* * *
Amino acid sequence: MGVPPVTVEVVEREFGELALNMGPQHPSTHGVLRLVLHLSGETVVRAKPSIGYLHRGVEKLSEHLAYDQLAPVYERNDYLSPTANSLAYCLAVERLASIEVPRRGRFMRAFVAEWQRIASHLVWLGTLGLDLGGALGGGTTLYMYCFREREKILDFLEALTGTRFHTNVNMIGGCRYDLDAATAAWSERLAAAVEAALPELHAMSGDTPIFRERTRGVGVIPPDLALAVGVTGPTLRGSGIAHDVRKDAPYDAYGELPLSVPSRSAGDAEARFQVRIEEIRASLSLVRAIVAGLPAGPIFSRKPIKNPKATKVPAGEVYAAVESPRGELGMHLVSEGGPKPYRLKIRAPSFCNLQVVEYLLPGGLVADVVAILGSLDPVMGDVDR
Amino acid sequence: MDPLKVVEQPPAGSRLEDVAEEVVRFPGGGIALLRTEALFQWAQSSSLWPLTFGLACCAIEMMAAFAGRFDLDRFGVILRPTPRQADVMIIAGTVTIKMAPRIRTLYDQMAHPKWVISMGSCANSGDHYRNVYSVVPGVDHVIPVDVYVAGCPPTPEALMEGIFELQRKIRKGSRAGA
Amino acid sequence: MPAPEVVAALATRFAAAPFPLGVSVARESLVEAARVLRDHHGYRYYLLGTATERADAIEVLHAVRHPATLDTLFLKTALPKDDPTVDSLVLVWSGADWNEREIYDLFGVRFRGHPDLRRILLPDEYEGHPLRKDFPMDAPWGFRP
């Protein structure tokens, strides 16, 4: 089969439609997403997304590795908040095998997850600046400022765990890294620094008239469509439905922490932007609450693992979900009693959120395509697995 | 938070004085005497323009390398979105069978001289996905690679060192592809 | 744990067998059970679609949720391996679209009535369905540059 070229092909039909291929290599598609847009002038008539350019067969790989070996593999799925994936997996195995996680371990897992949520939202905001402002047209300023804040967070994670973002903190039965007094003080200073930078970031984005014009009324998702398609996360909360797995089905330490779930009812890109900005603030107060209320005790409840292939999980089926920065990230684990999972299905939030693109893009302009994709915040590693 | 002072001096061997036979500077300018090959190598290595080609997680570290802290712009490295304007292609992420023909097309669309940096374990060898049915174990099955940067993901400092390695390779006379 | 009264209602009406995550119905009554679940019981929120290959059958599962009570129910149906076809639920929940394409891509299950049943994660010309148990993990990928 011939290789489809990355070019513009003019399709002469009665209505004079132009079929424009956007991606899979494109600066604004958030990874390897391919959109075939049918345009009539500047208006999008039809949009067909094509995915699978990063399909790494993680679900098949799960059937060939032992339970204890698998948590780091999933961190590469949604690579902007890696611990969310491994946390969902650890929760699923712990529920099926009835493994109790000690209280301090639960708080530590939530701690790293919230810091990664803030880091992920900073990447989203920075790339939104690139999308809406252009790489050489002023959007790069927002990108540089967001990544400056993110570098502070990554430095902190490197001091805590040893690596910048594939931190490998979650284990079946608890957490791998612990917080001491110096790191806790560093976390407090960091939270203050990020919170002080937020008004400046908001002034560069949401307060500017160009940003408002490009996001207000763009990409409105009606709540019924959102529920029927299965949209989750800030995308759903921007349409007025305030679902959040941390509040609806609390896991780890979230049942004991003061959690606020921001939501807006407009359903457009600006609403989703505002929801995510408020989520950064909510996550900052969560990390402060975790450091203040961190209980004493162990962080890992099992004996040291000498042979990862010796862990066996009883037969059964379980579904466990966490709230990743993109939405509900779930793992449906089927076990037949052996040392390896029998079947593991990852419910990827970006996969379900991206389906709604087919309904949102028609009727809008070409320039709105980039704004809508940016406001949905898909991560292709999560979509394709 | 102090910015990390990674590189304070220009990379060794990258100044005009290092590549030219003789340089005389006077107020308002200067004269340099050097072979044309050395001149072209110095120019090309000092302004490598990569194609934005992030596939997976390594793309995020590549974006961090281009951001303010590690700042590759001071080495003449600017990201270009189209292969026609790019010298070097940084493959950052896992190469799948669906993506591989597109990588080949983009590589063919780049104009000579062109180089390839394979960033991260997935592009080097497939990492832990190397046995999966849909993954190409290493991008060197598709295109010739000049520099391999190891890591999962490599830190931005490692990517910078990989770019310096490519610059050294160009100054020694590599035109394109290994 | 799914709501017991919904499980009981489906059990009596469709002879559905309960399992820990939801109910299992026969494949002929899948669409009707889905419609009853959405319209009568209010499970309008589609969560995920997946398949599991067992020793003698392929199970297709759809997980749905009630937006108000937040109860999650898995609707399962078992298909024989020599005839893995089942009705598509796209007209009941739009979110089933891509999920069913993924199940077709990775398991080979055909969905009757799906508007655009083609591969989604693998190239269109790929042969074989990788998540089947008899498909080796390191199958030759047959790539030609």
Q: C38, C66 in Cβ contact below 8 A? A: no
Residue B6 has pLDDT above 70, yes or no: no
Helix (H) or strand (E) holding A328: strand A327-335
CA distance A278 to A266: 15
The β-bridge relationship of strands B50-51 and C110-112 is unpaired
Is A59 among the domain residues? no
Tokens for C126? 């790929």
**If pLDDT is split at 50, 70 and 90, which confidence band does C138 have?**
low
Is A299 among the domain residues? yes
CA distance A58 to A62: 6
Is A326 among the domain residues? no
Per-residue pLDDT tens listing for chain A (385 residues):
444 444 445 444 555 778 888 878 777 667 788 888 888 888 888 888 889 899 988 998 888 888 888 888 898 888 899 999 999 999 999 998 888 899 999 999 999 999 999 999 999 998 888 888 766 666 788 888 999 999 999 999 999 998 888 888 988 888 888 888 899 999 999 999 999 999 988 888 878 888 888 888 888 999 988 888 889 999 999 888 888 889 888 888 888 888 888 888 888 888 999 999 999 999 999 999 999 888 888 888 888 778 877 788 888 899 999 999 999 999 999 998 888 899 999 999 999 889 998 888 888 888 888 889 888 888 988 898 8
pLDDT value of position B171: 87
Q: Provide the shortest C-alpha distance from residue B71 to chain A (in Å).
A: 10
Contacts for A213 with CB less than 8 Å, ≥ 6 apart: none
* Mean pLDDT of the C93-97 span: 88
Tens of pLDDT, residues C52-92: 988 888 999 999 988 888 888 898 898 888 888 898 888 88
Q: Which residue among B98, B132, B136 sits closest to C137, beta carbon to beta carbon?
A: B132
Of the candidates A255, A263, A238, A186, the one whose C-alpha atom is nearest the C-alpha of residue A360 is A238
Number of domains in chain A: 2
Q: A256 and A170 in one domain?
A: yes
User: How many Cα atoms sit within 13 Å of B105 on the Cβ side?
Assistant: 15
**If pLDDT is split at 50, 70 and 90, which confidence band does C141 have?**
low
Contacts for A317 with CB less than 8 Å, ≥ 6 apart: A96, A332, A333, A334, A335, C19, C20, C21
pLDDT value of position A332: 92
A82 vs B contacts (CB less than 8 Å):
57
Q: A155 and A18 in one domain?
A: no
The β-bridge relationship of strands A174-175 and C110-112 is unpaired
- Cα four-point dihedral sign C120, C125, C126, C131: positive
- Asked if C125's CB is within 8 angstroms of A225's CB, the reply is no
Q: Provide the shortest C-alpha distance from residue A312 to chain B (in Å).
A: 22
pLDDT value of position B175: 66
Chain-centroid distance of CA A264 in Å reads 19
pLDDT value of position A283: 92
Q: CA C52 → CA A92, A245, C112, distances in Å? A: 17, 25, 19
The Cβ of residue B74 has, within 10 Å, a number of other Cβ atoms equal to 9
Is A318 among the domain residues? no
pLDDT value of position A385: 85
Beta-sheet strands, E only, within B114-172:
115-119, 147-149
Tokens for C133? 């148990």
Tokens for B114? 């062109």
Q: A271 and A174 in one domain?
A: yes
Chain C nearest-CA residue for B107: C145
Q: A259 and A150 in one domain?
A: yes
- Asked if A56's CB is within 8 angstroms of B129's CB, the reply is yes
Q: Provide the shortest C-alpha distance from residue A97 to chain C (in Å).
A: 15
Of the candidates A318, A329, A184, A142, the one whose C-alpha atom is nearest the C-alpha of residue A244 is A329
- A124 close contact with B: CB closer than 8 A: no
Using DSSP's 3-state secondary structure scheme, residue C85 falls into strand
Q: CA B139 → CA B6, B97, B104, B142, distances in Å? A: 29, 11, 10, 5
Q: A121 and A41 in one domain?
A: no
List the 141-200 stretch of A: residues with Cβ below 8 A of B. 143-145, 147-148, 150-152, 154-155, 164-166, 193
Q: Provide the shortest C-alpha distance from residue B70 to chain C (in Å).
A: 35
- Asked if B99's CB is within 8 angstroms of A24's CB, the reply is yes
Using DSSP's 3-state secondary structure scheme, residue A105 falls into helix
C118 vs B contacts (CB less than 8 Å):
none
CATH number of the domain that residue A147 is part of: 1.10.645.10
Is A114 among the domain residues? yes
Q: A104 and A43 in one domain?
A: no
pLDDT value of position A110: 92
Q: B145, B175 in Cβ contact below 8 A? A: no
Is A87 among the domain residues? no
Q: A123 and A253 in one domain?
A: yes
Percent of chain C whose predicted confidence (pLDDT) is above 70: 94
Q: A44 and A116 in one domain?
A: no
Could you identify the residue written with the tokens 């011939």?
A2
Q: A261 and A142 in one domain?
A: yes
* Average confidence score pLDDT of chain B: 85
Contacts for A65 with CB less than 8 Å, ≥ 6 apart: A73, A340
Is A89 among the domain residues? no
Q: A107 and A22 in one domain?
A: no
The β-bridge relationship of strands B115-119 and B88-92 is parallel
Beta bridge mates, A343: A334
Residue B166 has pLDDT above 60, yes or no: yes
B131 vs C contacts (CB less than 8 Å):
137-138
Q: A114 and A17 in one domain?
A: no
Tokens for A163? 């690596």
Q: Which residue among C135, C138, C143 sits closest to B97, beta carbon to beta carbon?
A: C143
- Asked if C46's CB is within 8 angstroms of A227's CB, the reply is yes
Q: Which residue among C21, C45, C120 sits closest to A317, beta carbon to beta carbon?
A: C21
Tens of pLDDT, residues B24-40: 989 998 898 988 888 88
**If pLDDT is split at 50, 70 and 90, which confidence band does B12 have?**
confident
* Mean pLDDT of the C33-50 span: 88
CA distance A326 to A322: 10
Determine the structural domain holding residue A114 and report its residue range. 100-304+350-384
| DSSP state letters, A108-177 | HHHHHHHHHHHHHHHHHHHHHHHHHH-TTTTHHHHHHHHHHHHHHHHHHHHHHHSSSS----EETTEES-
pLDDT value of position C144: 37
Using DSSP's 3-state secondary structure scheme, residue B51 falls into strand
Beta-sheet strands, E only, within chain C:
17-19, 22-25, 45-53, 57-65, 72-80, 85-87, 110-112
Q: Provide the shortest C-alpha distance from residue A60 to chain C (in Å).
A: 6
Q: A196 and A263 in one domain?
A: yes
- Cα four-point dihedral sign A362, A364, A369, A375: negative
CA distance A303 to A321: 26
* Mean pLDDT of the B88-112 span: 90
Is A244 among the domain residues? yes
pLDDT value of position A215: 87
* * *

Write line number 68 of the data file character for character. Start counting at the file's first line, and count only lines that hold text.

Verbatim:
Q: CA B139 → CA B6, B97, B104, B142, distances in Å? A: 29, 11, 10, 5